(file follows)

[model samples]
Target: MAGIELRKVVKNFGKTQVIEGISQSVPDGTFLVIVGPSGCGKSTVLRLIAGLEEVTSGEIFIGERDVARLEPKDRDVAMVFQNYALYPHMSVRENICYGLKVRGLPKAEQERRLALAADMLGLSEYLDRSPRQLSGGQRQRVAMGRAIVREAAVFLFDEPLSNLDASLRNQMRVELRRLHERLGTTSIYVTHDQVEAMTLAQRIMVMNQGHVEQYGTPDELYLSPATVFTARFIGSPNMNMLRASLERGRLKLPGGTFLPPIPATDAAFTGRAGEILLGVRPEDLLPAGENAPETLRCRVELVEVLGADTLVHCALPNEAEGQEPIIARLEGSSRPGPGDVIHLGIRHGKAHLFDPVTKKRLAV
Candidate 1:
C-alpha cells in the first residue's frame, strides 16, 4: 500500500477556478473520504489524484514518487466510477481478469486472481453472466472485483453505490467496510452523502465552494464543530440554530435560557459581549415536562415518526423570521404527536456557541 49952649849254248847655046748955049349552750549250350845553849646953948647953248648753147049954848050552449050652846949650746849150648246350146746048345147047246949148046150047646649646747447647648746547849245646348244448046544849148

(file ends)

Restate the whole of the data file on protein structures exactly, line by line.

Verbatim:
[model samples]
Target: MAGIELRKVVKNFGKTQVIEGISQSVPDGTFLVIVGPSGCGKSTVLRLIAGLEEVTSGEIFIGERDVARLEPKDRDVAMVFQNYALYPHMSVRENICYGLKVRGLPKAEQERRLALAADMLGLSEYLDRSPRQLSGGQRQRVAMGRAIVREAAVFLFDEPLSNLDASLRNQMRVELRRLHERLGTTSIYVTHDQVEAMTLAQRIMVMNQGHVEQYGTPDELYLSPATVFTARFIGSPNMNMLRASLERGRLKLPGGTFLPPIPATDAAFTGRAGEILLGVRPEDLLPAGENAPETLRCRVELVEVLGADTLVHCALPNEAEGQEPIIARLEGSSRPGPGDVIHLGIRHGKAHLFDPVTKKRLAV
Candidate 1:
C-alpha cells in the first residue's frame, strides 16, 4: 500500500477556478473520504489524484514518487466510477481478469486472481453472466472485483453505490467496510452523502465552494464543530440554530435560557459581549415536562415518526423570521404527536456557541 49952649849254248847655046748955049349552750549250350845553849646953948647953248648753147049954848050552449050652846949650746849150648246350146746048345147047246949148046150047646649646747447647648746547849245646348244448046544849148